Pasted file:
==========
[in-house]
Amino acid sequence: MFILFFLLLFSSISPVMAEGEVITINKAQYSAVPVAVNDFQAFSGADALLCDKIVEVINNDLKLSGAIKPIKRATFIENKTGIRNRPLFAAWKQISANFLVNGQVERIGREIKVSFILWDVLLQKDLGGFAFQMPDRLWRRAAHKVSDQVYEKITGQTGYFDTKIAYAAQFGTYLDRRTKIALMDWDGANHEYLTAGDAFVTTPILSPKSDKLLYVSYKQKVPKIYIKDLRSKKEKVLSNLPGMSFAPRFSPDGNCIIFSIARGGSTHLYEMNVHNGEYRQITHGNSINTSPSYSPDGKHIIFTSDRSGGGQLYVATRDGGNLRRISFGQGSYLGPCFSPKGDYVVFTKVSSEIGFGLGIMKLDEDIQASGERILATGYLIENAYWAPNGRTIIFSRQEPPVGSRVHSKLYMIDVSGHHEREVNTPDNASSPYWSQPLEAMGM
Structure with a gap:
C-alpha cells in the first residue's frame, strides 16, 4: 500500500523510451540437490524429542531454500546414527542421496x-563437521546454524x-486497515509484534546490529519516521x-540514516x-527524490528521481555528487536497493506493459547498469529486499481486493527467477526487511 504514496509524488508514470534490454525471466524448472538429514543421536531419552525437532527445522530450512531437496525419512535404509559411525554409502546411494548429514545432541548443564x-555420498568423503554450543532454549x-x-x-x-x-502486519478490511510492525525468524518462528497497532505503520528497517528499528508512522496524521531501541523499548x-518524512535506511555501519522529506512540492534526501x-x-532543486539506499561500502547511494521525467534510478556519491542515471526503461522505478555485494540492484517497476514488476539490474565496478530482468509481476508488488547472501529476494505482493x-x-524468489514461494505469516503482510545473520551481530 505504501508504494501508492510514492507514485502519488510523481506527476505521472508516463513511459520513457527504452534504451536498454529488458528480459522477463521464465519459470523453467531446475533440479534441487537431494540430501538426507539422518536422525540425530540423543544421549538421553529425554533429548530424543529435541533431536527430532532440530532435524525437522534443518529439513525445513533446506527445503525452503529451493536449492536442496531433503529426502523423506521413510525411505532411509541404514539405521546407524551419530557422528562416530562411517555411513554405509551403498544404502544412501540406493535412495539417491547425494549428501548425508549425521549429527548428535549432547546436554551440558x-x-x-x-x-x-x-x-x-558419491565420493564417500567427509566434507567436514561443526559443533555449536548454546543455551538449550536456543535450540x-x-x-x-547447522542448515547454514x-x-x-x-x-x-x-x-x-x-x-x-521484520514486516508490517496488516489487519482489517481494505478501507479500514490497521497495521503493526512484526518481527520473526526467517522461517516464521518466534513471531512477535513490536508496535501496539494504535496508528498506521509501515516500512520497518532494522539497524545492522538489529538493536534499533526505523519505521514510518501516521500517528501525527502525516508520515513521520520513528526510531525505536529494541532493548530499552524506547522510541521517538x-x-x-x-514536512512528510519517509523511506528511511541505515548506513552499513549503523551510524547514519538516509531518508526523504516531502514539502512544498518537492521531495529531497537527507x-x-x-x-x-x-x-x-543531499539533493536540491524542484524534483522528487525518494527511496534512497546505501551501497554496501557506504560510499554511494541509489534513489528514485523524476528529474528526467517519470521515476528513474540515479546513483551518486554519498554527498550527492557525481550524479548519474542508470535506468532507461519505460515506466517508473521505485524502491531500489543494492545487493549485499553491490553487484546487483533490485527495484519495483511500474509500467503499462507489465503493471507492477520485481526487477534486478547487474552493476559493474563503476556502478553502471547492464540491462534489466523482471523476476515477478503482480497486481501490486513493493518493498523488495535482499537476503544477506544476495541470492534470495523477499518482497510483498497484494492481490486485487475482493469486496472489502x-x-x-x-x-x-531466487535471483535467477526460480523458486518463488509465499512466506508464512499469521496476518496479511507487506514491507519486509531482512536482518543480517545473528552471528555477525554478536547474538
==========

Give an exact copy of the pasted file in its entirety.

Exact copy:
[in-house]
Amino acid sequence: MFILFFLLLFSSISPVMAEGEVITINKAQYSAVPVAVNDFQAFSGADALLCDKIVEVINNDLKLSGAIKPIKRATFIENKTGIRNRPLFAAWKQISANFLVNGQVERIGREIKVSFILWDVLLQKDLGGFAFQMPDRLWRRAAHKVSDQVYEKITGQTGYFDTKIAYAAQFGTYLDRRTKIALMDWDGANHEYLTAGDAFVTTPILSPKSDKLLYVSYKQKVPKIYIKDLRSKKEKVLSNLPGMSFAPRFSPDGNCIIFSIARGGSTHLYEMNVHNGEYRQITHGNSINTSPSYSPDGKHIIFTSDRSGGGQLYVATRDGGNLRRISFGQGSYLGPCFSPKGDYVVFTKVSSEIGFGLGIMKLDEDIQASGERILATGYLIENAYWAPNGRTIIFSRQEPPVGSRVHSKLYMIDVSGHHEREVNTPDNASSPYWSQPLEAMGM
Structure with a gap:
C-alpha cells in the first residue's frame, strides 16, 4: 500500500523510451540437490524429542531454500546414527542421496x-563437521546454524x-486497515509484534546490529519516521x-540514516x-527524490528521481555528487536497493506493459547498469529486499481486493527467477526487511 504514496509524488508514470534490454525471466524448472538429514543421536531419552525437532527445522530450512531437496525419512535404509559411525554409502546411494548429514545432541548443564x-555420498568423503554450543532454549x-x-x-x-x-502486519478490511510492525525468524518462528497497532505503520528497517528499528508512522496524521531501541523499548x-518524512535506511555501519522529506512540492534526501x-x-532543486539506499561500502547511494521525467534510478556519491542515471526503461522505478555485494540492484517497476514488476539490474565496478530482468509481476508488488547472501529476494505482493x-x-524468489514461494505469516503482510545473520551481530 505504501508504494501508492510514492507514485502519488510523481506527476505521472508516463513511459520513457527504452534504451536498454529488458528480459522477463521464465519459470523453467531446475533440479534441487537431494540430501538426507539422518536422525540425530540423543544421549538421553529425554533429548530424543529435541533431536527430532532440530532435524525437522534443518529439513525445513533446506527445503525452503529451493536449492536442496531433503529426502523423506521413510525411505532411509541404514539405521546407524551419530557422528562416530562411517555411513554405509551403498544404502544412501540406493535412495539417491547425494549428501548425508549425521549429527548428535549432547546436554551440558x-x-x-x-x-x-x-x-x-558419491565420493564417500567427509566434507567436514561443526559443533555449536548454546543455551538449550536456543535450540x-x-x-x-547447522542448515547454514x-x-x-x-x-x-x-x-x-x-x-x-521484520514486516508490517496488516489487519482489517481494505478501507479500514490497521497495521503493526512484526518481527520473526526467517522461517516464521518466534513471531512477535513490536508496535501496539494504535496508528498506521509501515516500512520497518532494522539497524545492522538489529538493536534499533526505523519505521514510518501516521500517528501525527502525516508520515513521520520513528526510531525505536529494541532493548530499552524506547522510541521517538x-x-x-x-514536512512528510519517509523511506528511511541505515548506513552499513549503523551510524547514519538516509531518508526523504516531502514539502512544498518537492521531495529531497537527507x-x-x-x-x-x-x-x-543531499539533493536540491524542484524534483522528487525518494527511496534512497546505501551501497554496501557506504560510499554511494541509489534513489528514485523524476528529474528526467517519470521515476528513474540515479546513483551518486554519498554527498550527492557525481550524479548519474542508470535506468532507461519505460515506466517508473521505485524502491531500489543494492545487493549485499553491490553487484546487483533490485527495484519495483511500474509500467503499462507489465503493471507492477520485481526487477534486478547487474552493476559493474563503476556502478553502471547492464540491462534489466523482471523476476515477478503482480497486481501490486513493493518493498523488495535482499537476503544477506544476495541470492534470495523477499518482497510483498497484494492481490486485487475482493469486496472489502x-x-x-x-x-x-531466487535471483535467477526460480523458486518463488509465499512466506508464512499469521496476518496479511507487506514491507519486509531482512536482518543480517545473528552471528555477525554478536547474538